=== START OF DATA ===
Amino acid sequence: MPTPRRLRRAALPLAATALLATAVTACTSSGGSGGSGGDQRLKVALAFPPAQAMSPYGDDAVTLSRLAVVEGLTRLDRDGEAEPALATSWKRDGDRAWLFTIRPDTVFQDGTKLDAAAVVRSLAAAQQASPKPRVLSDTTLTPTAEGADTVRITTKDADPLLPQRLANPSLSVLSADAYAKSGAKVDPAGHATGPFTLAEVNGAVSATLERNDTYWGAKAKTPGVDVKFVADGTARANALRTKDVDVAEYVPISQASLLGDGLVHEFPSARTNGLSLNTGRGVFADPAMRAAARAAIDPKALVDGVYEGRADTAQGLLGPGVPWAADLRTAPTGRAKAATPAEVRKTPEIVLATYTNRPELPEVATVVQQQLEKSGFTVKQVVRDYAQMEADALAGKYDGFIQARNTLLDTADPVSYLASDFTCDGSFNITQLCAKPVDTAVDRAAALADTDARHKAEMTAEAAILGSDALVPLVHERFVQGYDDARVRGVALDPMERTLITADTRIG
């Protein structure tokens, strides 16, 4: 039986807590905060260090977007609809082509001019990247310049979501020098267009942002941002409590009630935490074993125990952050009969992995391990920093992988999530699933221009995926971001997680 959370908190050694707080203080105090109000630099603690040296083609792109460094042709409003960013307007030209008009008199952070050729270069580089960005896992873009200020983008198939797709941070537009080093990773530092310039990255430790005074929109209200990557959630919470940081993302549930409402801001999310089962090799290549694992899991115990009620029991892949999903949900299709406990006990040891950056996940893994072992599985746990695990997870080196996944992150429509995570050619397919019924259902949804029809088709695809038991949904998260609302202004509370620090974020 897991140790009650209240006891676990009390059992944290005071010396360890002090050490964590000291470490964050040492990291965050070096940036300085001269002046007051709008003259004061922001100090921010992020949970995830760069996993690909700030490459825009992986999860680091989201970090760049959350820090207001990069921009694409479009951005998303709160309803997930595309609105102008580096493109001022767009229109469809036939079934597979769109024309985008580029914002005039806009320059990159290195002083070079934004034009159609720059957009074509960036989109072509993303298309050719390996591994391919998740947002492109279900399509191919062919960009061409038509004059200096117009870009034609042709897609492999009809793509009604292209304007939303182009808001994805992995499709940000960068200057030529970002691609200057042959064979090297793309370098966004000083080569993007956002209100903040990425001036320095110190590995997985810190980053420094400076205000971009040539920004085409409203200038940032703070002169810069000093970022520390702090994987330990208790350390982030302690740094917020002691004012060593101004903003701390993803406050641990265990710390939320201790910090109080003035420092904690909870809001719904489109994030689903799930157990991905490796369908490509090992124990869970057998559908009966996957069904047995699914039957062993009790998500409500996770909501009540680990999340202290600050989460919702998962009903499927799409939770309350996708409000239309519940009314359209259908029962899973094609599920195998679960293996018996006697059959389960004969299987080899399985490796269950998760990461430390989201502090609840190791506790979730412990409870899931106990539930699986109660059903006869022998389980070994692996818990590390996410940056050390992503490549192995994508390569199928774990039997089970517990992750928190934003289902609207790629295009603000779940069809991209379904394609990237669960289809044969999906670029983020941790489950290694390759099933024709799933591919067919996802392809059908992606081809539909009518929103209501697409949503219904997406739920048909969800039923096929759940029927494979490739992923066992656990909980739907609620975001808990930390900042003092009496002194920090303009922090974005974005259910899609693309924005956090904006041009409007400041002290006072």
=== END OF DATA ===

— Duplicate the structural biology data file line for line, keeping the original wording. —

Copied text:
Amino acid sequence: MPTPRRLRRAALPLAATALLATAVTACTSSGGSGGSGGDQRLKVALAFPPAQAMSPYGDDAVTLSRLAVVEGLTRLDRDGEAEPALATSWKRDGDRAWLFTIRPDTVFQDGTKLDAAAVVRSLAAAQQASPKPRVLSDTTLTPTAEGADTVRITTKDADPLLPQRLANPSLSVLSADAYAKSGAKVDPAGHATGPFTLAEVNGAVSATLERNDTYWGAKAKTPGVDVKFVADGTARANALRTKDVDVAEYVPISQASLLGDGLVHEFPSARTNGLSLNTGRGVFADPAMRAAARAAIDPKALVDGVYEGRADTAQGLLGPGVPWAADLRTAPTGRAKAATPAEVRKTPEIVLATYTNRPELPEVATVVQQQLEKSGFTVKQVVRDYAQMEADALAGKYDGFIQARNTLLDTADPVSYLASDFTCDGSFNITQLCAKPVDTAVDRAAALADTDARHKAEMTAEAAILGSDALVPLVHERFVQGYDDARVRGVALDPMERTLITADTRIG
């Protein structure tokens, strides 16, 4: 039986807590905060260090977007609809082509001019990247310049979501020098267009942002941002409590009630935490074993125990952050009969992995391990920093992988999530699933221009995926971001997680 959370908190050694707080203080105090109000630099603690040296083609792109460094042709409003960013307007030209008009008199952070050729270069580089960005896992873009200020983008198939797709941070537009080093990773530092310039990255430790005074929109209200990557959630919470940081993302549930409402801001999310089962090799290549694992899991115990009620029991892949999903949900299709406990006990040891950056996940893994072992599985746990695990997870080196996944992150429509995570050619397919019924259902949804029809088709695809038991949904998260609302202004509370620090974020 897991140790009650209240006891676990009390059992944290005071010396360890002090050490964590000291470490964050040492990291965050070096940036300085001269002046007051709008003259004061922001100090921010992020949970995830760069996993690909700030490459825009992986999860680091989201970090760049959350820090207001990069921009694409479009951005998303709160309803997930595309609105102008580096493109001022767009229109469809036939079934597979769109024309985008580029914002005039806009320059990159290195002083070079934004034009159609720059957009074509960036989109072509993303298309050719390996591994391919998740947002492109279900399509191919062919960009061409038509004059200096117009870009034609042709897609492999009809793509009604292209304007939303182009808001994805992995499709940000960068200057030529970002691609200057042959064979090297793309370098966004000083080569993007956002209100903040990425001036320095110190590995997985810190980053420094400076205000971009040539920004085409409203200038940032703070002169810069000093970022520390702090994987330990208790350390982030302690740094917020002691004012060593101004903003701390993803406050641990265990710390939320201790910090109080003035420092904690909870809001719904489109994030689903799930157990991905490796369908490509090992124990869970057998559908009966996957069904047995699914039957062993009790998500409500996770909501009540680990999340202290600050989460919702998962009903499927799409939770309350996708409000239309519940009314359209259908029962899973094609599920195998679960293996018996006697059959389960004969299987080899399985490796269950998760990461430390989201502090609840190791506790979730412990409870899931106990539930699986109660059903006869022998389980070994692996818990590390996410940056050390992503490549192995994508390569199928774990039997089970517990992750928190934003289902609207790629295009603000779940069809991209379904394609990237669960289809044969999906670029983020941790489950290694390759099933024709799933591919067919996802392809059908992606081809539909009518929103209501697409949503219904997406739920048909969800039923096929759940029927494979490739992923066992656990909980739907609620975001808990930390900042003092009496002194920090303009922090974005974005259910899609693309924005956090904006041009409007400041002290006072």